And lastly, the Government will cover the first 12 months interest payments (same as CBILS)

– Repayment terms

the terms of the loan will be 6 years, and there will be no capital repayments required for the first 12 months (whereas the CBILS loan has a 6 month loan repayment holiday).

Things to note

– Last year’s trading. Your business must have been in a sound trading position as of 31 December 2019. The Government describe this as not an undertaking in difficulty. I’m guessing this could mean a negative balance sheet, continued trading losses, or a significant loss in last year. We don’t know at this stage, but this stops it being an automatic ‘yes’ to every application.

– The effect of Coronavirus on your business has been negative. This makes sense in that some businesses (25%) have paused trading, others are under pressure, whilst some are on fire. However, what doesn’t make sense is the next point which is;

– There will be no forward facing tests. I take this to mean no cash flow forecast, no business plan (both needed under CBILS). That’s a result in that it saves time, but how do you know how much to borrow?

– It’s a self-certified application. This probably covers off the 2 points above. But what happens if you apply for the max loan, and then your business is not affected? Well, I’m guessing if it’s not affected, and you know that in the first 12 months, then you won’t need the money and you can repay it back with a nil cash flow impact (no interest payments, no loan repayments)

– If you have already applied under CBILS. Early signs are that the terms are better under the Bounce Back loan, and if your application is under £50k (and you meet the other criteria) you can apply to your lender to switch to this scheme. That might not only get you the better terms, but off the hook (to the bank at least) for the 20%.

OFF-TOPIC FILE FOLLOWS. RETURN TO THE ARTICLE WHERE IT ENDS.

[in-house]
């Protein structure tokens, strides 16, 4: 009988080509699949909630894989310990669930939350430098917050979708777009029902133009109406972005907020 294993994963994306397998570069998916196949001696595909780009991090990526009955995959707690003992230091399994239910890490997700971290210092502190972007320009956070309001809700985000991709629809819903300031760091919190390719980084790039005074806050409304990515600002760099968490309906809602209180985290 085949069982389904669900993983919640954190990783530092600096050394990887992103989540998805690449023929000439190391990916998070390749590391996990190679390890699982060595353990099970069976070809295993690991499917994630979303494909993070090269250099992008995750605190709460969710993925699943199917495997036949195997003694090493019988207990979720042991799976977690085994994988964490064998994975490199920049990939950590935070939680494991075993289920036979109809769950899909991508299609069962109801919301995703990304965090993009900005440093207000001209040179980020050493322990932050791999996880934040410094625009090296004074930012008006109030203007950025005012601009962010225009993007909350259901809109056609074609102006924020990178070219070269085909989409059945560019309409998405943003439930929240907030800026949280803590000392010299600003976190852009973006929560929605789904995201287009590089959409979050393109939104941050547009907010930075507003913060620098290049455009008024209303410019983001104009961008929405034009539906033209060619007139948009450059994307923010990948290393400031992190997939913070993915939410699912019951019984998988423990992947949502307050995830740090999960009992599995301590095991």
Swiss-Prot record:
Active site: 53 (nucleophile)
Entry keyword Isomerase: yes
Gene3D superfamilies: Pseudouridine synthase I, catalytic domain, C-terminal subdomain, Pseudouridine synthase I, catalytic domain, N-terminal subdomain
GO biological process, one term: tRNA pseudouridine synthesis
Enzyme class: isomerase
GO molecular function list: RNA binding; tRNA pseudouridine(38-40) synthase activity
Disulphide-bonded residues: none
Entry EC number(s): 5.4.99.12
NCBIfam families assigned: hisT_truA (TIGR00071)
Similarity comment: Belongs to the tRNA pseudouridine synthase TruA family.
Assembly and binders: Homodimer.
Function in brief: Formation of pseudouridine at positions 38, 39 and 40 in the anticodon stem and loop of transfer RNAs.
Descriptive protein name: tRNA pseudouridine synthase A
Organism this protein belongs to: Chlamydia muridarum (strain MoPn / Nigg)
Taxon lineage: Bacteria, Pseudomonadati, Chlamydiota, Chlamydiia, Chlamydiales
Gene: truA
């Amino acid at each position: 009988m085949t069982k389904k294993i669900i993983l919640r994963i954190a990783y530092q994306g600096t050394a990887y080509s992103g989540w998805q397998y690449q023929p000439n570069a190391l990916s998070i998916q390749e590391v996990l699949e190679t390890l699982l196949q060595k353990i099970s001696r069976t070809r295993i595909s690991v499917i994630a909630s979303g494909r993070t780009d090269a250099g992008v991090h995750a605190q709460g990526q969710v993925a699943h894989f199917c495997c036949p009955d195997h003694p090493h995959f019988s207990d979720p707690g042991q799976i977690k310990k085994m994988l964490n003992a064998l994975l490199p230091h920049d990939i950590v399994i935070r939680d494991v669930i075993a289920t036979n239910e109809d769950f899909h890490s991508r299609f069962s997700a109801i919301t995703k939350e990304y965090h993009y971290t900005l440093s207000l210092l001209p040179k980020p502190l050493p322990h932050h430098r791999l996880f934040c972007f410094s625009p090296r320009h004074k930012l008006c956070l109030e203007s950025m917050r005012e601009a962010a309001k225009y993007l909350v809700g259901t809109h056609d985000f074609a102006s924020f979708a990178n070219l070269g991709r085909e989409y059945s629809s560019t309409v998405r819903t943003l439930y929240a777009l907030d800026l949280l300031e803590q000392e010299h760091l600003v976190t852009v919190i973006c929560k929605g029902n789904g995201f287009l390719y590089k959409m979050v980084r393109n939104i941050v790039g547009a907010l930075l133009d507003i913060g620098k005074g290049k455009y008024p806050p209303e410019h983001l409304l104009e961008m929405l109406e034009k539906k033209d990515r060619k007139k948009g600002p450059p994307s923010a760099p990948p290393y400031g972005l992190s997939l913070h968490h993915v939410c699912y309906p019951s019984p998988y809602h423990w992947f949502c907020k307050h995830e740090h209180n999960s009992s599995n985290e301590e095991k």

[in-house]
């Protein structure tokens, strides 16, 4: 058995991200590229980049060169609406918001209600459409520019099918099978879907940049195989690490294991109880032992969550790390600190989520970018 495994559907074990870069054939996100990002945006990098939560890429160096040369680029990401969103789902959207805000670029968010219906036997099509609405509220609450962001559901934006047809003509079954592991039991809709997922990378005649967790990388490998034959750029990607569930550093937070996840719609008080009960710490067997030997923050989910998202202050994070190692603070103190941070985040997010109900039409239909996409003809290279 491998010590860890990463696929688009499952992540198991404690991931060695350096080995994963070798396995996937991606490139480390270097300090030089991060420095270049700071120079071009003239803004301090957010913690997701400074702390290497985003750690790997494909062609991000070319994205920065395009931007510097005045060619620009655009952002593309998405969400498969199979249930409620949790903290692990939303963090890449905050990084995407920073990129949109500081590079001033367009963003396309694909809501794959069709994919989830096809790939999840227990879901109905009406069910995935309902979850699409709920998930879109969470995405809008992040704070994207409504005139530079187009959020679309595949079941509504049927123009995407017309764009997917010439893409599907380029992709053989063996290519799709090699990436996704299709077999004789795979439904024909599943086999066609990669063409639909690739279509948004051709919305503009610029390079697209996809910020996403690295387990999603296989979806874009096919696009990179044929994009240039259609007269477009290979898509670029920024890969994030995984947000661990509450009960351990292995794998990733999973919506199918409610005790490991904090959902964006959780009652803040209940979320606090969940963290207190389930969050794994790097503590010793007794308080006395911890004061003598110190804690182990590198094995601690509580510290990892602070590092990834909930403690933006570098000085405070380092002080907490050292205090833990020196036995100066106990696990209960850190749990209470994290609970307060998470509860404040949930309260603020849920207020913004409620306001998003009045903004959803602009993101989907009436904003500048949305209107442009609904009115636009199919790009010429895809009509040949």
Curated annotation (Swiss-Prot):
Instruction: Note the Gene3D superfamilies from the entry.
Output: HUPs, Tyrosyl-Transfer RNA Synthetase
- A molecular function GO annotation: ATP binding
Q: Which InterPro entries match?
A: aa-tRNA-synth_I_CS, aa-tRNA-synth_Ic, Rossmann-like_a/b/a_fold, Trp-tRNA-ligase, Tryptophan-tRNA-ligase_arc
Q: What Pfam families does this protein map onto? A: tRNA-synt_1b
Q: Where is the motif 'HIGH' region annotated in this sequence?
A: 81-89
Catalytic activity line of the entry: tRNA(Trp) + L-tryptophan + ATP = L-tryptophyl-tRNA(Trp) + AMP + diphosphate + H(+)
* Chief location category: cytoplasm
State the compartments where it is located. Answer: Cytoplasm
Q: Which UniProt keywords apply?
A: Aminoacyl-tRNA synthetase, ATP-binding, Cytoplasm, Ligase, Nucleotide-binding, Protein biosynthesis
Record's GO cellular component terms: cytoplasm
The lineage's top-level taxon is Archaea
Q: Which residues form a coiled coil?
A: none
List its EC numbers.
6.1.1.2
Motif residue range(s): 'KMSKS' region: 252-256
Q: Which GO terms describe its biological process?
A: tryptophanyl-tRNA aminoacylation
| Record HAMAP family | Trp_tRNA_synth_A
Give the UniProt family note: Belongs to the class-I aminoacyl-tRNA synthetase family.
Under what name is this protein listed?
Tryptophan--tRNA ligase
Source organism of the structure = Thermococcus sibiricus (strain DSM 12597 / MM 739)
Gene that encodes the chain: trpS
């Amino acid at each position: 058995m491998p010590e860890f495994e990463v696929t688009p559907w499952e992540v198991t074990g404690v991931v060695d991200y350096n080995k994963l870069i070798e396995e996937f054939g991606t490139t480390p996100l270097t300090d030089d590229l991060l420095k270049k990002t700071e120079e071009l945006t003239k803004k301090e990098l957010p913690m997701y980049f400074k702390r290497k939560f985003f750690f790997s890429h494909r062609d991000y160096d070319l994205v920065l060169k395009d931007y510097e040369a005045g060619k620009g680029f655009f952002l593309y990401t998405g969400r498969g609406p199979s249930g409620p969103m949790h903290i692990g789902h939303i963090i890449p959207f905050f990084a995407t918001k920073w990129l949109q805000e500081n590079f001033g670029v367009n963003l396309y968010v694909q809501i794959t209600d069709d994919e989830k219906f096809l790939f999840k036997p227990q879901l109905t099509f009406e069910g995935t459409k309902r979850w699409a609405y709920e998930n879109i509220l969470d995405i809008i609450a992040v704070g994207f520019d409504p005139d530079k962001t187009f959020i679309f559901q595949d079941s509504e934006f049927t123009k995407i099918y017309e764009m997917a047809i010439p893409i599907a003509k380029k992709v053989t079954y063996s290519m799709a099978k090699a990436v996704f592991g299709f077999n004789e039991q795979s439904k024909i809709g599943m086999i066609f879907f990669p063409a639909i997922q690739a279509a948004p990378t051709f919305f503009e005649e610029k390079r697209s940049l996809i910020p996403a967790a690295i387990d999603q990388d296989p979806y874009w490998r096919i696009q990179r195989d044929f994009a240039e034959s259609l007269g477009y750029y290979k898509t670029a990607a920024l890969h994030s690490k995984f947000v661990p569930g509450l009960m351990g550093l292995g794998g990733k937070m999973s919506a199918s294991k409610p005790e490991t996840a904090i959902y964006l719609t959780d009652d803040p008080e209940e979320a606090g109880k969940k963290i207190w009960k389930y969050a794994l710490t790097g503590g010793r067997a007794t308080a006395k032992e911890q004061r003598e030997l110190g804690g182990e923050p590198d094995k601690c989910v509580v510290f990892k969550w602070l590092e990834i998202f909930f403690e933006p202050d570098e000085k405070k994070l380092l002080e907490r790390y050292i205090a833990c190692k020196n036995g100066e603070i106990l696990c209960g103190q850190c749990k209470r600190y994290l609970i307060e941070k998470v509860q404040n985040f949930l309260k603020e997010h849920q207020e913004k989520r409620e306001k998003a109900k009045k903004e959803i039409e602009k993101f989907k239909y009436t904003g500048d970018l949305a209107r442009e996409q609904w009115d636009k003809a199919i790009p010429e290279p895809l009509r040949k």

Should you apply?

Almost certainly. I can’t think of any major reason why you should not. Arguably, if your business is flying now, it may very well come to a grinding halt once lock-down is over and we all discover our old rat runs. As mentioned above, the combination of no tests and ease of application, potentially (we’ll see) good rates, no interest payments (for you at least) for 12 months, and no loan repayments for 12 months, then it’s about as close as you can get to the long awaited ‘grant’ that never appeared, but sadly this one has to be repaid.

And lastly, you might want to think about this when you make the application for the loan. If things, just now, are ‘controllable’ there is an argument for delaying the draw down of the loan until the last possible moment to delay the start of monthly repayments for as long as possible.

The above is what we know at this stage and as we get more info, we will let you know.

As always, let me have your questions. My contact details are
-Landline – 01326 660022
-Mobile/WhatsApp/Text – 07779799995 – Mike Hutchinson
-Zoom ID – 205 677 7765 – Mike Hutchinson